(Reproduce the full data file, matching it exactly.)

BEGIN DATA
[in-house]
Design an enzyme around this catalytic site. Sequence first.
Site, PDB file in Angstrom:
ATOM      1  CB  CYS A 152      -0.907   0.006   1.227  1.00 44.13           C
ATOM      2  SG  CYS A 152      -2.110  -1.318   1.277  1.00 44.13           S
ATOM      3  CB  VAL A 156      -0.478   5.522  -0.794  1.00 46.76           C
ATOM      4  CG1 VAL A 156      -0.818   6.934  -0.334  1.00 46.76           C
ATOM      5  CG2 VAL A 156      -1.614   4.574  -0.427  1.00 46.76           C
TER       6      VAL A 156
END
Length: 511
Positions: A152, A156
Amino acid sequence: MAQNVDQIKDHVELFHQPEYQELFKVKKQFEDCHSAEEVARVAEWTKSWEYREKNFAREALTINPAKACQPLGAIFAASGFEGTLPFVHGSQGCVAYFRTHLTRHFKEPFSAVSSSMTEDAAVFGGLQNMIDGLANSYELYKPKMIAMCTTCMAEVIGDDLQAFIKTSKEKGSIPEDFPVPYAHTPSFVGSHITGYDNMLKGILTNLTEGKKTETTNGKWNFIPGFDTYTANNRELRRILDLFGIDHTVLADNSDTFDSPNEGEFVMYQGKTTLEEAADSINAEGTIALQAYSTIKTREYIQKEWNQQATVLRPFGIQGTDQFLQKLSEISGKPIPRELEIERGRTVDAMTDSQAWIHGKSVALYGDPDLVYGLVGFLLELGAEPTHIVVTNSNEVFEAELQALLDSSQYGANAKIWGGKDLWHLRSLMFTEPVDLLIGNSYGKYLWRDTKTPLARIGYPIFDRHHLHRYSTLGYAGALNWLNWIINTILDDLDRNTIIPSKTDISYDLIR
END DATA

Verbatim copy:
[in-house]
Design an enzyme around this catalytic site. Sequence first.
Site, PDB file in Angstrom:
ATOM      1  CB  CYS A 152      -0.907   0.006   1.227  1.00 44.13           C
ATOM      2  SG  CYS A 152      -2.110  -1.318   1.277  1.00 44.13           S
ATOM      3  CB  VAL A 156      -0.478   5.522  -0.794  1.00 46.76           C
ATOM      4  CG1 VAL A 156      -0.818   6.934  -0.334  1.00 46.76           C
ATOM      5  CG2 VAL A 156      -1.614   4.574  -0.427  1.00 46.76           C
TER       6      VAL A 156
END
Length: 511
Positions: A152, A156
Amino acid sequence: MAQNVDQIKDHVELFHQPEYQELFKVKKQFEDCHSAEEVARVAEWTKSWEYREKNFAREALTINPAKACQPLGAIFAASGFEGTLPFVHGSQGCVAYFRTHLTRHFKEPFSAVSSSMTEDAAVFGGLQNMIDGLANSYELYKPKMIAMCTTCMAEVIGDDLQAFIKTSKEKGSIPEDFPVPYAHTPSFVGSHITGYDNMLKGILTNLTEGKKTETTNGKWNFIPGFDTYTANNRELRRILDLFGIDHTVLADNSDTFDSPNEGEFVMYQGKTTLEEAADSINAEGTIALQAYSTIKTREYIQKEWNQQATVLRPFGIQGTDQFLQKLSEISGKPIPRELEIERGRTVDAMTDSQAWIHGKSVALYGDPDLVYGLVGFLLELGAEPTHIVVTNSNEVFEAELQALLDSSQYGANAKIWGGKDLWHLRSLMFTEPVDLLIGNSYGKYLWRDTKTPLARIGYPIFDRHHLHRYSTLGYAGALNWLNWIINTILDDLDRNTIIPSKTDISYDLIR